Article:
By not taking the time to ascertain the names of the women photographed, while identifying by name the only man photographed, with his family, the woman photographer is acknowledging first, that the family is the man’s “property” and second, her inclination to see women as conformist and subordinate in status and therefore must look to others even for self-knowledge.


The MeToo movement is for everyone


The original purpose of the MeToo movement, as used by Tarana Burke in 2006, was to empower women victims of sexual violence through empathy, especially young and vulnerable women. It has since become a message about creating systemic change in relation to gender and power.


Journalists and photographers owe it to the women they report on or photograph to acknowledge the value of their voices, whether in war or peace. Taking the time to find out women’s names before publishing a story is a way of acknowledging that women exist as individuals. It is also a way to support their efforts to move away from silence and an externally oriented and absolutist, male-dominated perspective on knowledge and truth to one that accepts that women, whatever their situation in life, have personal authority and ways of knowing that contribute to shaping and directing a new world.


The knower is always an intimate part of the known


Inequality is not inherent to any society nor is it a permanent condition. Change does not come easily, but reporters need to reflect on how their judgements, attitudes and behavior can contribute to the empowerment and improvement of the lives of others.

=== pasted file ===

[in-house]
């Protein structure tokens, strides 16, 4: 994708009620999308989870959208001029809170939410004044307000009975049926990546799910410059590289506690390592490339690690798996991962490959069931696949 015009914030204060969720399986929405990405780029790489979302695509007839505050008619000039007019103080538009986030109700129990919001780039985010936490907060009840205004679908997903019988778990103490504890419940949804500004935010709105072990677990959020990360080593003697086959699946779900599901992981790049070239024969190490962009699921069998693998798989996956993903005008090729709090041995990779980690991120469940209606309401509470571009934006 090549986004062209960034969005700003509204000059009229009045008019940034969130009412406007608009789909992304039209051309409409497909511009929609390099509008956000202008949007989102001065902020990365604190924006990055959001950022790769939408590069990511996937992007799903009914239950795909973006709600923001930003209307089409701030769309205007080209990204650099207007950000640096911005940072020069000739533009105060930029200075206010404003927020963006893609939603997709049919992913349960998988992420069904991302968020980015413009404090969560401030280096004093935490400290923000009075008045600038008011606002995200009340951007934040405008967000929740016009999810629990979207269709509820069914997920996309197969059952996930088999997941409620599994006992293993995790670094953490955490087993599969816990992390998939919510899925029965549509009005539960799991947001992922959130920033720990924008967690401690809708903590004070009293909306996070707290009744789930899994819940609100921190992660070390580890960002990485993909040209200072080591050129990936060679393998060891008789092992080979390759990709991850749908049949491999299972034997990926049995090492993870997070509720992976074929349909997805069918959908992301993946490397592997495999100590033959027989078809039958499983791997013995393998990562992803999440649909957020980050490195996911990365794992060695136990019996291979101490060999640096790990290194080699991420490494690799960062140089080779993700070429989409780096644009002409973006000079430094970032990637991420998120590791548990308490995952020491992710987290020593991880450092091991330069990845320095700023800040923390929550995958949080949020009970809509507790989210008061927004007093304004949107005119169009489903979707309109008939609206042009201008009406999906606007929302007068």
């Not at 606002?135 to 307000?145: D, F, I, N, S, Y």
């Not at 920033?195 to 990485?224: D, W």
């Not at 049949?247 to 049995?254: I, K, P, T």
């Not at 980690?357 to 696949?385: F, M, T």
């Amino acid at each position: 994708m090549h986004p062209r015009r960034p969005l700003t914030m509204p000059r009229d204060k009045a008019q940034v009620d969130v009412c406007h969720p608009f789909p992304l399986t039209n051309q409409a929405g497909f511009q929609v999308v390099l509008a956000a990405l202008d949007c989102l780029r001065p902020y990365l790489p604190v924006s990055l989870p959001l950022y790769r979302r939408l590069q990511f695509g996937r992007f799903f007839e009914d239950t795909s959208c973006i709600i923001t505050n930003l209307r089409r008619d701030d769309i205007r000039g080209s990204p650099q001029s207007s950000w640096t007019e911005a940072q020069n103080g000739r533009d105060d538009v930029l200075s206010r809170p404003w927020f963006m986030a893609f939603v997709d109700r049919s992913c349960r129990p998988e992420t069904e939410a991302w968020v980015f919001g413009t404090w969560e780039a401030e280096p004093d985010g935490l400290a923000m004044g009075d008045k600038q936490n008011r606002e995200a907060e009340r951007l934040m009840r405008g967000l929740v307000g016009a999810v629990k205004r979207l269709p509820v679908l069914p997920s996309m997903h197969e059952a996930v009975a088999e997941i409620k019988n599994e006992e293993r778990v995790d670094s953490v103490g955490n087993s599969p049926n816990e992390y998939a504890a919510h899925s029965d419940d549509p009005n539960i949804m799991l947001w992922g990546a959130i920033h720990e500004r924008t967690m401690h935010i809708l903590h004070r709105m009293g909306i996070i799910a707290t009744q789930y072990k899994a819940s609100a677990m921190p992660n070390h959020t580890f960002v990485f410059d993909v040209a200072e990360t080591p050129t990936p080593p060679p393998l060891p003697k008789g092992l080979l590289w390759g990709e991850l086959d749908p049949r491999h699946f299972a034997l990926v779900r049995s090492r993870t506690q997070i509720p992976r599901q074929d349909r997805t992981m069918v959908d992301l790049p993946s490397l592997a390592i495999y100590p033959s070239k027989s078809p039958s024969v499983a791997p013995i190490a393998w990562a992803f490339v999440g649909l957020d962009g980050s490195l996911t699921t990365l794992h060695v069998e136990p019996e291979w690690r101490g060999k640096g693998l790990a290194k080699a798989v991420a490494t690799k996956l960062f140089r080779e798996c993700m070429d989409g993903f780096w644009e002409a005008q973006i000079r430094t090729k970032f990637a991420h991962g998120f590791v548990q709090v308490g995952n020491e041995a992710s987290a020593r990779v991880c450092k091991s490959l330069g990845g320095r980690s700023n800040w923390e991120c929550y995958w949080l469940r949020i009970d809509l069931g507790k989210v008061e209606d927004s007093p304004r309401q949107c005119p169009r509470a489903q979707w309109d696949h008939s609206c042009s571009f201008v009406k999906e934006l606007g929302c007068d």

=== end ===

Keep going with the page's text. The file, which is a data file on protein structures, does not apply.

Our society still overwhelmingly values the words of male authority while women are unheard and unheeded. Not naming women basically kowtows to a male-dominant status quo that expects women to accommodate the needs and ground rules of men. So in the process of reporting or photographing, it is the responsibility of the reporter to sort out the pieces of the self, one’s self and the self of others, and ensure women’s unique and authentic voices are heard, or at least acknowledged as existing as individuals with their own self-worth.


Women are not limited to a single voice, whether in times of peace or war. Nor are they only mothers. As individuals, we not only have a name. We also have separate ways of knowing and being that is as valuable and important as men’s.


Don’t relegate women to the backseat


Let’s not raze the landscape of women’s identity by always depicting women as mothers or in relation to motherhood. Let’s make sure women are not relegated to the back seat. Reporting should not be grounded on What to Expect When You’re Expecting. It should be grounded on Adrienne Rich’s Of Woman Born and Jill Filipovic’s The H-Spot.


In what Jill Filipovic calls a world of unfinished feminism, all reporters, women and men, need to recognize that social expectations, unconscious biases and a system that is still built around the outdated model of a male-headed family constrain women’s voices and identity. It is imperative that the press ensures that, at all times, women’s sense of personal identity and uniqueness are recognized. How? By naming them.

Astrid Ruiz Thierry, Principal, Upboost LLC